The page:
There are nearly $500 billion worth of CMHC mortgage securities in-force.[41]

CMHC also administers the legal framework for Canadian covered bonds on behalf of the Government of Canada. Introduced in 2012, the framework supports financial stability by helping lenders to further diversify their sources of funding and by attracting more international investors, thus making the market for covered bonds more robust.[40]

The full government guarantee extended to publicly securitized mortgage debt, and the low cost to lenders, means that there has been ongoing demand for the CMHC's securitization products. Today, CMHC holds a monopoly in the securitization of mortgage debt, and there is no viable private securitization market for mortgages in Canada.[42] While many experts champion this government monopoly in Canadian mortgage securitization, citing the high prudential regulation and stringent public oversight, this model nevertheless means that the majority of securitized mortgage debt is registered on the federal government's balance sheet.[43] In a May 2019 speech to the Canadian Credit Union Association in Winnipeg, Manitoba, Bank of Canada Governor Stephen Poloz revealed his support for the development of a private mortgage securities market in Canada that would compete with the public securitization programs of the CMHC.[44]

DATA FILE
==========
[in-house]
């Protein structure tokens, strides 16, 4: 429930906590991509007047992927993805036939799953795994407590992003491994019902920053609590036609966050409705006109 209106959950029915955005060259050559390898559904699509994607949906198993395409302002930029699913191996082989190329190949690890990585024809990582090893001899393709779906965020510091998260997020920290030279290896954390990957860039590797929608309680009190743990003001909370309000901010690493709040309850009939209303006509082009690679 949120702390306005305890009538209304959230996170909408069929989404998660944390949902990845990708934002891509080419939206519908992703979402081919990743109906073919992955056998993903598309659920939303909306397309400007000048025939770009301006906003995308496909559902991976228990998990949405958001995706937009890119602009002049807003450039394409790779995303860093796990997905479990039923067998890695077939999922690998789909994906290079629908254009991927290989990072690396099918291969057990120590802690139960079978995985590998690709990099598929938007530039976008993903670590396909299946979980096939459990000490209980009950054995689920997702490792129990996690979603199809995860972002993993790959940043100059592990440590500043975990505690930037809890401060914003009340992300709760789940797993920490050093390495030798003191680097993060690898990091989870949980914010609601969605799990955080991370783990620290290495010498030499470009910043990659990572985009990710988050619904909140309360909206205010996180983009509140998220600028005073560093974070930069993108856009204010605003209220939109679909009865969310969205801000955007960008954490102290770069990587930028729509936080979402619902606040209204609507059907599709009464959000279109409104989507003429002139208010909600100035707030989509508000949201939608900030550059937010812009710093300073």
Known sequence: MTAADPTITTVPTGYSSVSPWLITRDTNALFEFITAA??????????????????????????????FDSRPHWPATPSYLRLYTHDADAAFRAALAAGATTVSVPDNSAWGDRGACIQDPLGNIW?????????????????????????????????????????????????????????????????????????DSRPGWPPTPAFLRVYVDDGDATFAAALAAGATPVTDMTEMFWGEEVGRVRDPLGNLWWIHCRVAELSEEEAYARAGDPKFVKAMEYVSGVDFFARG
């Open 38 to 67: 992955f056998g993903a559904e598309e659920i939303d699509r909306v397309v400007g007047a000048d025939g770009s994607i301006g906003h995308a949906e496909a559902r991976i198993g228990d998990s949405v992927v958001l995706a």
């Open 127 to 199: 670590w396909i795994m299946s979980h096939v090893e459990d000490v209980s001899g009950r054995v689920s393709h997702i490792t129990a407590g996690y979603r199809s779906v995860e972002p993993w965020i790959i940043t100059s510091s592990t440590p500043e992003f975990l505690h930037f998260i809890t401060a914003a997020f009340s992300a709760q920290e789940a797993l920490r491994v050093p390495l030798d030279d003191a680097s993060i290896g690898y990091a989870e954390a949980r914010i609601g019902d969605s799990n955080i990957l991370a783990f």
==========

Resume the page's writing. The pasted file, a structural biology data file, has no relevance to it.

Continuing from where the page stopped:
Other programs and initiatives

Policy and research

CMHC facilitates the development and implementation of federal housing policy in Canada. This includes the examination of housing finance trends and policy options for regulations, incentives, and securitization tools in the primary and secondary markets; the analysis of distinct housing needs of specific populations such as Aboriginal people, seniors, persons with disabilities, and low-income households, and how these needs can be addressed; and the identification of practical approaches to advancing sustainable technologies and practices in the housing sector.[45]

CMHC provides regular housing market analyses and forecasts at the local, provincial, and national levels.[45] These activities support informed business decisions, policy development at all levels of government, and housing program design and delivery.

The CMHC is also a member of the International Union For Housing Finance, and participates in global research and policy development for housing finance.[46] The CMHC is also the host of the Housing Finance Symposium, an academic event to discuss global housing finance issues.[47][48]

Mortgage loan insurance

This section needs additional citations for verification. Please help improve this article by adding citations to reliable sources in this section. Unsourced material may be challenged and removed.Find sources: "Canada Mortgage and Housing Corporation" – news · newspapers · books · scholar · JSTOR (April 2023) (Learn how and when to remove this message)